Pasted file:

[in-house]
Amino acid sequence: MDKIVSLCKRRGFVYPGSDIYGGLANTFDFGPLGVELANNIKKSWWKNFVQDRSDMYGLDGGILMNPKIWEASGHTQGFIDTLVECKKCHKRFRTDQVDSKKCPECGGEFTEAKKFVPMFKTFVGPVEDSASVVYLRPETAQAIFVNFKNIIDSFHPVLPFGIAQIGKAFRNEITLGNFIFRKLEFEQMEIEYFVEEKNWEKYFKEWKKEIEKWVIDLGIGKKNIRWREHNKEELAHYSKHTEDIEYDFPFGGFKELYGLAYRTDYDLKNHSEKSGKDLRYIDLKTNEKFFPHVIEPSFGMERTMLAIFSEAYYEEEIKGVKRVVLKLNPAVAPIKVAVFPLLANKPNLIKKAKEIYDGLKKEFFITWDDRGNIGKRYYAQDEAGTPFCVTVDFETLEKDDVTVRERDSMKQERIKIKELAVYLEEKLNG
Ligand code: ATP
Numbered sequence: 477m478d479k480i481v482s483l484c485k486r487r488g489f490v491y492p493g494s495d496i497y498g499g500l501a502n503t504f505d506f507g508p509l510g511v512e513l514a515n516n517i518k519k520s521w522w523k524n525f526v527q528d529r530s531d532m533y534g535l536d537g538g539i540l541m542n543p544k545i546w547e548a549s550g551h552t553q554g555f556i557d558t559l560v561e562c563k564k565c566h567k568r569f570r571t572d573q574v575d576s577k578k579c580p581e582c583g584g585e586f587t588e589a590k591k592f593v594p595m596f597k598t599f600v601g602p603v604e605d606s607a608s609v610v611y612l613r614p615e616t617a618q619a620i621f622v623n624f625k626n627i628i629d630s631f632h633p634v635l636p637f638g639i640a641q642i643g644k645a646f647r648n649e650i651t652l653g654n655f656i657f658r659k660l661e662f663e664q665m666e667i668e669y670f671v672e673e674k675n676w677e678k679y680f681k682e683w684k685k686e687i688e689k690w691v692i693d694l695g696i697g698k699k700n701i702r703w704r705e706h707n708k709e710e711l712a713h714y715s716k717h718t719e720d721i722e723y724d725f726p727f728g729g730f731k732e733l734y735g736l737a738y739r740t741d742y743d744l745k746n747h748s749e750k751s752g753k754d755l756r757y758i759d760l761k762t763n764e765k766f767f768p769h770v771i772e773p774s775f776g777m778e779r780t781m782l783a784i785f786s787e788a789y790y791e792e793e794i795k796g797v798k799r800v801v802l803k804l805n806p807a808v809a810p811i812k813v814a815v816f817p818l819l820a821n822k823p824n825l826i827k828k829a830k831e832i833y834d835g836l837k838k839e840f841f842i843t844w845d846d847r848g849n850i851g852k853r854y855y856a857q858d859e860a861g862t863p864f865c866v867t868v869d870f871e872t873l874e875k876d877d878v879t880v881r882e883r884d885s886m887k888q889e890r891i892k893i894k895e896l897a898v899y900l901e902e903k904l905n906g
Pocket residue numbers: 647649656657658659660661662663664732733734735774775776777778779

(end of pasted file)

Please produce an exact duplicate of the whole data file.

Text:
[in-house]
Amino acid sequence: MDKIVSLCKRRGFVYPGSDIYGGLANTFDFGPLGVELANNIKKSWWKNFVQDRSDMYGLDGGILMNPKIWEASGHTQGFIDTLVECKKCHKRFRTDQVDSKKCPECGGEFTEAKKFVPMFKTFVGPVEDSASVVYLRPETAQAIFVNFKNIIDSFHPVLPFGIAQIGKAFRNEITLGNFIFRKLEFEQMEIEYFVEEKNWEKYFKEWKKEIEKWVIDLGIGKKNIRWREHNKEELAHYSKHTEDIEYDFPFGGFKELYGLAYRTDYDLKNHSEKSGKDLRYIDLKTNEKFFPHVIEPSFGMERTMLAIFSEAYYEEEIKGVKRVVLKLNPAVAPIKVAVFPLLANKPNLIKKAKEIYDGLKKEFFITWDDRGNIGKRYYAQDEAGTPFCVTVDFETLEKDDVTVRERDSMKQERIKIKELAVYLEEKLNG
Ligand code: ATP
Numbered sequence: 477m478d479k480i481v482s483l484c485k486r487r488g489f490v491y492p493g494s495d496i497y498g499g500l501a502n503t504f505d506f507g508p509l510g511v512e513l514a515n516n517i518k519k520s521w522w523k524n525f526v527q528d529r530s531d532m533y534g535l536d537g538g539i540l541m542n543p544k545i546w547e548a549s550g551h552t553q554g555f556i557d558t559l560v561e562c563k564k565c566h567k568r569f570r571t572d573q574v575d576s577k578k579c580p581e582c583g584g585e586f587t588e589a590k591k592f593v594p595m596f597k598t599f600v601g602p603v604e605d606s607a608s609v610v611y612l613r614p615e616t617a618q619a620i621f622v623n624f625k626n627i628i629d630s631f632h633p634v635l636p637f638g639i640a641q642i643g644k645a646f647r648n649e650i651t652l653g654n655f656i657f658r659k660l661e662f663e664q665m666e667i668e669y670f671v672e673e674k675n676w677e678k679y680f681k682e683w684k685k686e687i688e689k690w691v692i693d694l695g696i697g698k699k700n701i702r703w704r705e706h707n708k709e710e711l712a713h714y715s716k717h718t719e720d721i722e723y724d725f726p727f728g729g730f731k732e733l734y735g736l737a738y739r740t741d742y743d744l745k746n747h748s749e750k751s752g753k754d755l756r757y758i759d760l761k762t763n764e765k766f767f768p769h770v771i772e773p774s775f776g777m778e779r780t781m782l783a784i785f786s787e788a789y790y791e792e793e794i795k796g797v798k799r800v801v802l803k804l805n806p807a808v809a810p811i812k813v814a815v816f817p818l819l820a821n822k823p824n825l826i827k828k829a830k831e832i833y834d835g836l837k838k839e840f841f842i843t844w845d846d847r848g849n850i851g852k853r854y855y856a857q858d859e860a861g862t863p864f865c866v867t868v869d870f871e872t873l874e875k876d877d878v879t880v881r882e883r884d885s886m887k888q889e890r891i892k893i894k895e896l897a898v899y900l901e902e903k904l905n906g
Pocket residue numbers: 647649656657658659660661662663664732733734735774775776777778779